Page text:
JBX1 First Prototype bike, curved fork blades with additional fork braces. This was the very first bike that was built specifically for the purpose and outfitted with all new components. Earlier bikes had been modified balloon tire bikes that were not up to the stresses placed upon them. This bike had been purpose-built and used the best parts for each function whereas the earlier bikes used whatever was "laying around the shop". This specific bike now resides in the Oakland Museum, #2 is in the Mountain Bike Hall of Fame and #9 is in the Shimano Museum.
1976 and 1977 drawings:
JBX1 drawings (with and without labels):
Series I (Ballooner II) Next 9 "production" bikes that followed JBX1. Still have the extra frame laterals. 9 of the first 10 were nickel plated. Built using straight gauge cro-moly airplane tubing using the basic geometry from the Schwinn Excelsior balloon-tire bike. The complete bikes sold for $750 with pump, water bottle, spare inner tube and repair kit. The first bikes had 22" seat tubes to accommodate the 180 mm seat posts of the day. The top tube sloped down to the 5 1/4" head tube which would accept a standard Schwinn fork.
Ballooner II spec sheets:
Series II, before there were any mountain bike specific parts. Check out the French touring parts (TA cranks, Mafac brakes), Italian parts (Cinelli stem, Campy quick releases, seat post and headset), English Brooks saddle, Japanese drivetrain, and USA hubs. Imagine trying to pull all these parts together from all these different sources.....must have been entertaining! Series II loses the frame laterals.
Breezer page from the 1980 Trailmaster catalog:
Breezer spec pages from 1980 plus fork crown drawing:
Series III, the Breezer stem attaches to a brazed-in stub in the fork (similar to the current Ahead stem). The forks were Reynolds steerer tubes and tandem blades with a Cunningham designed tubular 4130 arch. 1983 is the first Year for the Shimano Deore XT "deer head" components. Frame sets (frame, fork and stem) retails for $1,100 and they were distributed by MountainBikes (Gary Fisher, Charlie Kelly) for a time.
Multi-maker bike review, including Breezer, from March 1983:
1983 Spec Sheet:
One of two chrome plated Breezers. Number 48 was full chrome while this one was partially painted. Photos by Mush Emmons:
Joe Breeze interview from Mountain Biking for the Adventure, June 1985:
"Descend with Conviction" ad from 1985:
First year for American Breezer made by American Bicycle Mfg. Corp in St. Cloud, MN.
November 1987 Bicycle magazine article with several different mountain bikes including the American Breezer:
American Breezer aluminum frame made by the American Bicycle Mfg. Corp. in St. Cloud, MN. Also available with the Browning automatic transmission.
American Breezer, also available with the Browning Automatic transmission.
American Breezer with the new Shimano Deore XT II group.
Experimental Breeze-built bike with a 78!! degree head tube
Kite Bike made for the December, 1989 through January, 1990 Braunstein-Quay Gallery, in San Francisco, show called The Art of the Mountain Bike.
American Breezer available with your choice of Shimano, Campy or Suntour drivetrain. Magazine lists aluminum fork??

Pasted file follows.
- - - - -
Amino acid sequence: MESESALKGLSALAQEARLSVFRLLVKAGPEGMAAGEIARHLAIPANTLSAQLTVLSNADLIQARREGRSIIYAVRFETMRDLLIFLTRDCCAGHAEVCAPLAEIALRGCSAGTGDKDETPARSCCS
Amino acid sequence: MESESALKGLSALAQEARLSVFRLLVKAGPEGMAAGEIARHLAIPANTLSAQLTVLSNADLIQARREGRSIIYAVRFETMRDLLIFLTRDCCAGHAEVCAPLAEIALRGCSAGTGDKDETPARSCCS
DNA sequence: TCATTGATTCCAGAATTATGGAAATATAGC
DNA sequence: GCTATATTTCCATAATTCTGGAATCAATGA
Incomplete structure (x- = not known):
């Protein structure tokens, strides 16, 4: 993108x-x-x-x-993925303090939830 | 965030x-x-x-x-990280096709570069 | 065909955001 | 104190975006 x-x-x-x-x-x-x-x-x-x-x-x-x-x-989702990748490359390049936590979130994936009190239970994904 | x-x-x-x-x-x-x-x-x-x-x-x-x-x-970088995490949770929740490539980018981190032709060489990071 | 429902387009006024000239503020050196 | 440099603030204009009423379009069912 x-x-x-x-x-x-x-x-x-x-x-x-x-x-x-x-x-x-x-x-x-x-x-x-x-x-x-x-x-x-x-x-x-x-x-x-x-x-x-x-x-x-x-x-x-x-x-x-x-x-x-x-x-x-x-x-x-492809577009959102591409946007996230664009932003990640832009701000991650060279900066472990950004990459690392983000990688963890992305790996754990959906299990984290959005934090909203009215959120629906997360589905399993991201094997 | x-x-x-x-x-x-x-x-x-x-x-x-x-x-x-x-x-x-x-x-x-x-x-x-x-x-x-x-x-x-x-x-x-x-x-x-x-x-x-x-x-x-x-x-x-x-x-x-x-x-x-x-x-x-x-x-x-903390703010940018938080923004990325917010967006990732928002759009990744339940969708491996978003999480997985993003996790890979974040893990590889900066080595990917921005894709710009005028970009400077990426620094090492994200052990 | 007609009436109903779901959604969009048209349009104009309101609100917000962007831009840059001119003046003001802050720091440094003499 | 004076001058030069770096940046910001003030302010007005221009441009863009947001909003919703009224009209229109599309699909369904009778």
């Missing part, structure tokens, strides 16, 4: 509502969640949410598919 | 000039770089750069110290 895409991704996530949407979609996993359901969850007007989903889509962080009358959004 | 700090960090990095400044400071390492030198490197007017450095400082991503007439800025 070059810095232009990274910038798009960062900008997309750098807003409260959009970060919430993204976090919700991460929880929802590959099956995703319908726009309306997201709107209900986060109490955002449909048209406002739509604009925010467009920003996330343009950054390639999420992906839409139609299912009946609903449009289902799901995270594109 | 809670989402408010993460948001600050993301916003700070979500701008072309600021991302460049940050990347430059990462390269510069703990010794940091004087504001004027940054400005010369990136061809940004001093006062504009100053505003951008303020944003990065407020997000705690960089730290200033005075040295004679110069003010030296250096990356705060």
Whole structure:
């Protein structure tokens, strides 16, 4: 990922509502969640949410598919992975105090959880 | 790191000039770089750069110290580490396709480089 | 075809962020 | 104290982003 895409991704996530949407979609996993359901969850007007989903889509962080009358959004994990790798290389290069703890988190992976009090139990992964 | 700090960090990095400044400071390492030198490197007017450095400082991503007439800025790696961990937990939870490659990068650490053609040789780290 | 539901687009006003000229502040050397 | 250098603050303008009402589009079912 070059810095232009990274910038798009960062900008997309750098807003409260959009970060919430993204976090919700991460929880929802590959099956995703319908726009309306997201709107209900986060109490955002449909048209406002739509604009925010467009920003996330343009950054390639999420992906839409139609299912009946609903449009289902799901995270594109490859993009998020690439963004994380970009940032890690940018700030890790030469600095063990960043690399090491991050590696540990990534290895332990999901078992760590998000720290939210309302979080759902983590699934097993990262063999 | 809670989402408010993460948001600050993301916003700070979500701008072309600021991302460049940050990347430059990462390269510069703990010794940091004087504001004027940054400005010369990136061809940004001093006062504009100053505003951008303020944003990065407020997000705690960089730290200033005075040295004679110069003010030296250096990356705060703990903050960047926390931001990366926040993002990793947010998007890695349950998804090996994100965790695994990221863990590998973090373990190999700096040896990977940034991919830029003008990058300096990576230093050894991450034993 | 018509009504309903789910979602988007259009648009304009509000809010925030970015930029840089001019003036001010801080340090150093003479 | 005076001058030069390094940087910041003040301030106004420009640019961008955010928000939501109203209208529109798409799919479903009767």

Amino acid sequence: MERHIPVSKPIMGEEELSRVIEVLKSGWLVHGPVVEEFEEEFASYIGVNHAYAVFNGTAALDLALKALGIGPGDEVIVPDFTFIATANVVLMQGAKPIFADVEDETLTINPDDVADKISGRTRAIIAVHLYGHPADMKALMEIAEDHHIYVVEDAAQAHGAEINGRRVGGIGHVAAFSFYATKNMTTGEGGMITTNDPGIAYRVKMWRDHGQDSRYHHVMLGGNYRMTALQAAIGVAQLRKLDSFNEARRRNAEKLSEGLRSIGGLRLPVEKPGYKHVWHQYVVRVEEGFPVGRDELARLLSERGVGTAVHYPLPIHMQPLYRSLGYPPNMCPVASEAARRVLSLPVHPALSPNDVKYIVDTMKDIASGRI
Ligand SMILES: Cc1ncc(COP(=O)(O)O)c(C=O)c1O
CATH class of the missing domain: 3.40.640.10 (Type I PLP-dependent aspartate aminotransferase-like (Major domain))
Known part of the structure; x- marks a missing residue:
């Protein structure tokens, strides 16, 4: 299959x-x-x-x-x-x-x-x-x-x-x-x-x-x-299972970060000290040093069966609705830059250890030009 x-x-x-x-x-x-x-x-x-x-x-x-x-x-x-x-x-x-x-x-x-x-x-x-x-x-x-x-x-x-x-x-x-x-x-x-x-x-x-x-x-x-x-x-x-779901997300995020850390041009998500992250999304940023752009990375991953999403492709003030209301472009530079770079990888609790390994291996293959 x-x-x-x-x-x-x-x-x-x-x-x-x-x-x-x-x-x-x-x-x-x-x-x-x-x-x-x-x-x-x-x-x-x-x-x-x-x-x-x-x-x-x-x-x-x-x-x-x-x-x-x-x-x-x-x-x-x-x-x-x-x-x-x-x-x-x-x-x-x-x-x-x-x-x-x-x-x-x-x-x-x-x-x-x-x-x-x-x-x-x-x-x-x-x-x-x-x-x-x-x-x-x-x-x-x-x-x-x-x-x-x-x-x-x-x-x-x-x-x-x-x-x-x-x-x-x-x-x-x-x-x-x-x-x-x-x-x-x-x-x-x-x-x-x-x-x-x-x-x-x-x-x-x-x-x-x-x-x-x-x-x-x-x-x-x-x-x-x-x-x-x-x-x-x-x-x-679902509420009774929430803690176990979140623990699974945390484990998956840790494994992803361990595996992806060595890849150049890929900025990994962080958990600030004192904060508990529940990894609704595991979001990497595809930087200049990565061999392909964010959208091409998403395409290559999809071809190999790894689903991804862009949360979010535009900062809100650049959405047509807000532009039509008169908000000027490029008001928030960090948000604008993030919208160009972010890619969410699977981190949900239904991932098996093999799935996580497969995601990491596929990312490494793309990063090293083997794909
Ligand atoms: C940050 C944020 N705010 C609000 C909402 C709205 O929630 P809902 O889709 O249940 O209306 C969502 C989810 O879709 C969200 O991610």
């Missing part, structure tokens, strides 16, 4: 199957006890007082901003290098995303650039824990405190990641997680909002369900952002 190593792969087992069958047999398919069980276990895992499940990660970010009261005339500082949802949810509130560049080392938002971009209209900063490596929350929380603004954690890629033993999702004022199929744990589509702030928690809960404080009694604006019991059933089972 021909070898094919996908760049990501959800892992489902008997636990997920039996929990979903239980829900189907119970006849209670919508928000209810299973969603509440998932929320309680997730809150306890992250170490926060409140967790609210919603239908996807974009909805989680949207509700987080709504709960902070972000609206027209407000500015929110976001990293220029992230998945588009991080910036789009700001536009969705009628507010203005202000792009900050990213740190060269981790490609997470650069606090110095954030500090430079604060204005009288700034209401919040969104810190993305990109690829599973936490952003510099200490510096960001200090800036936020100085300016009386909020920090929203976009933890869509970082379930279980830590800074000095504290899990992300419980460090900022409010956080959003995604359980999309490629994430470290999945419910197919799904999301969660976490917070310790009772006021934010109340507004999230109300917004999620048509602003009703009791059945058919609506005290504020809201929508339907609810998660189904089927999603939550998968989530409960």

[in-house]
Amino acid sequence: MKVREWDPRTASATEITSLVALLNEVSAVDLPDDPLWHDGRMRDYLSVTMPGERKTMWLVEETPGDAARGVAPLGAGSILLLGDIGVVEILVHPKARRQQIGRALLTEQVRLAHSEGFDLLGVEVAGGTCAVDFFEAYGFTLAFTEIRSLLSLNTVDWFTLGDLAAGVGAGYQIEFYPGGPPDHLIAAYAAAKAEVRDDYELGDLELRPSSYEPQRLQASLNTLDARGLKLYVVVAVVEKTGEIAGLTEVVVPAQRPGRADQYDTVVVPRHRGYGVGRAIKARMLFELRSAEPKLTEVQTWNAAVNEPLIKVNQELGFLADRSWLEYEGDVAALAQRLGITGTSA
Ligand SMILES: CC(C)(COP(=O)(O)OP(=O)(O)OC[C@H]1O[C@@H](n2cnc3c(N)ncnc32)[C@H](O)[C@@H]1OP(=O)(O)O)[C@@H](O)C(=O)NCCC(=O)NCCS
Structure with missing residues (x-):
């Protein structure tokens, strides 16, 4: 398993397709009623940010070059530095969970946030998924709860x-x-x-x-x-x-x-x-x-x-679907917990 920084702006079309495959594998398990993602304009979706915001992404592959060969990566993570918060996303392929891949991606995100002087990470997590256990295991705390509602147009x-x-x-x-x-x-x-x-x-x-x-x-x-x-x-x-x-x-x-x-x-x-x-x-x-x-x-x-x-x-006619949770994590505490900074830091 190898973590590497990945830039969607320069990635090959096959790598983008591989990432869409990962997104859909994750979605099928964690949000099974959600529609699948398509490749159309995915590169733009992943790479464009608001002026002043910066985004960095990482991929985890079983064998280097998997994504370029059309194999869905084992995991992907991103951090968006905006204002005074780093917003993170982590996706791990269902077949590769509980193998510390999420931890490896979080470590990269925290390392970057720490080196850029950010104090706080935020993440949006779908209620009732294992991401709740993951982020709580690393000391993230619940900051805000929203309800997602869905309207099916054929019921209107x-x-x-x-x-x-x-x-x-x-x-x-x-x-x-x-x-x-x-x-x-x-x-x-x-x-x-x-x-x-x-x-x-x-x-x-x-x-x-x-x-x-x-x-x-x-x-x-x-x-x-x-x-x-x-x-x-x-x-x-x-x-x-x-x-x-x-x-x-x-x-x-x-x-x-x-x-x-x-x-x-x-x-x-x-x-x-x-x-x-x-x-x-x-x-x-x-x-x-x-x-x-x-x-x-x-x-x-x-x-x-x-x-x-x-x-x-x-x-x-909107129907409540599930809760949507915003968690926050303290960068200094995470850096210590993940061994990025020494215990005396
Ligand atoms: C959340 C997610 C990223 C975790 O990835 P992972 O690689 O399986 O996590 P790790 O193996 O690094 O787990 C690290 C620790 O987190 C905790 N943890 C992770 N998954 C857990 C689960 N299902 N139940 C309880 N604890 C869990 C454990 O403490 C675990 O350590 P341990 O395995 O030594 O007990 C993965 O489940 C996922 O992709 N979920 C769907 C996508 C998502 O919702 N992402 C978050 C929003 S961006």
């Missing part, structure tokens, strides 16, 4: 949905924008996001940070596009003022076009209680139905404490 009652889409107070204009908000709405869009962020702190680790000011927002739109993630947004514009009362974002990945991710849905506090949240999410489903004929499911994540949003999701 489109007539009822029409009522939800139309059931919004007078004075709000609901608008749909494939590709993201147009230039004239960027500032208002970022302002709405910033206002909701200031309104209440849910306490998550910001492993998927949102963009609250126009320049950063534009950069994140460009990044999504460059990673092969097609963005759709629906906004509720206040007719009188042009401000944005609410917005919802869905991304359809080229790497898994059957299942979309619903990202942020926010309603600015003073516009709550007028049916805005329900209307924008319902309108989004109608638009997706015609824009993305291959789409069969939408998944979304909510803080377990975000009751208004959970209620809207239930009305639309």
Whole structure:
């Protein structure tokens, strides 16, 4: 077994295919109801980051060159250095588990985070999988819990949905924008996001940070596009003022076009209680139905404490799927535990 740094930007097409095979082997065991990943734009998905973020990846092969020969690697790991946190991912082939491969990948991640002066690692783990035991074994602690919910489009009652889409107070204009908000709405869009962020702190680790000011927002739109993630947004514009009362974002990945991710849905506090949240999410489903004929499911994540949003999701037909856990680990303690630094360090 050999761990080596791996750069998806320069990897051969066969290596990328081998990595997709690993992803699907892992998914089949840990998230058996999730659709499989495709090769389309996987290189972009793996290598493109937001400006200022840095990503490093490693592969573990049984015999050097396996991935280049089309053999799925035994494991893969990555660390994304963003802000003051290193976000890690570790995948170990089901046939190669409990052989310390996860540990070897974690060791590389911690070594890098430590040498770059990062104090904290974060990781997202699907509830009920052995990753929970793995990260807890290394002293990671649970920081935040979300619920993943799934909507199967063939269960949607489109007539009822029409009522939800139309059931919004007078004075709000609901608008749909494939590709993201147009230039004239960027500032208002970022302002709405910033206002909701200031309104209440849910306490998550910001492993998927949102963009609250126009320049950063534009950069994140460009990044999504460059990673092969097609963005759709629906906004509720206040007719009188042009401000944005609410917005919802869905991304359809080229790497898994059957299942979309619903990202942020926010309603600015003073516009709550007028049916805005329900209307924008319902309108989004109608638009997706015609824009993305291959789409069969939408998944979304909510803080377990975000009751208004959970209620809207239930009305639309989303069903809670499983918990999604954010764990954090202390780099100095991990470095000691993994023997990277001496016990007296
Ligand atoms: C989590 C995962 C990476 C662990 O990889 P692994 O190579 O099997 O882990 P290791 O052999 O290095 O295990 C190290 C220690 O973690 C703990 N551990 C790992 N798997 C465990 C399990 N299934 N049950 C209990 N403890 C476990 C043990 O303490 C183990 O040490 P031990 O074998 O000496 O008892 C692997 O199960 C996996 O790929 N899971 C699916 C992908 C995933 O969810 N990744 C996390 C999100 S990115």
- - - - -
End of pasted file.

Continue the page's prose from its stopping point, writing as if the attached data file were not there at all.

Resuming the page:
February 1990 Breezer Road:
First year for the new Breezer models not made by American. Moves to a full steel line up as opposed to the American aluminum bikes. Two Lightning models with Shimano Deore XT parts. The Lightning Flash is the higher end fillet brazed frame made by Shitamori in Japan.. The Thunder and Storm have a little less expensive components. A model named Sky was sold in Canada and England. The bike used mainly LX components (one step below the Storm) and never appeared in a Breezer catalog.
January 1991 Hite Rite ad:
1991 Breezer catalog, courtesy of Joe Breeze (PDF, click below):
Two Lightning models with your choice of Shimano XTR or Suntour XC Pro with Racing Geometry. The Thunder and Storm have stouter tubing, longer chain stays and higher bottom bracket. A model named Sky was sold in Canada and England. The bike used mainly LX components (one step below the Storm) and never appeared in a Breezer catalog.
August 1992 Mountain Bike Action magazine Thunder review:
November 1992 Bicycle Guide Lightning review:
New Cloud 9 model with Titanium bolt kit and super-light parts kit, bike weighs in at 20.9 pounds. The Lightning continues as the XTR equipped bike. The Softride Suspension stem is optional on all models including the Beamer which features the Softride Beam rear suspension. The Storm is now an LX equipped "budget" bike. There is a new Panoramic tandem bike as well as the Venturi road bike with an Ultegra and Dura-Ace mix.. Clipless pedals (Shimano Deore XT SPD) show up on several models.
The Lightning becomes more affordable with an XT mix of parts. Threadless forks and stems with Dia Compe Aheadsets come on all bikes. The Beamer continues with the Softride Beam rear suspension. Grip Shift makes an appearance on the Beamer and Jet Stream. The Storm goes entry-level with a bunch of STX parts. The Venturi road bike continues.
1994 Breezer catalog:
The sheets below describe the improvements made for the 1994 model year:
August 1995 Breezer Beamer Bike review:
Breezer Cro-Moly tubing on all models with optional Breeze fork, Rock Shox Judy or Rock Shox Quadra 21. Introduction of the Ignaz X, a "tribute" bike to Ignaz Schwinn the founder of Schwinn bikes. The Ignaz X is loosely based on the early mountain bikes that were made out of converted balloon tire bikes.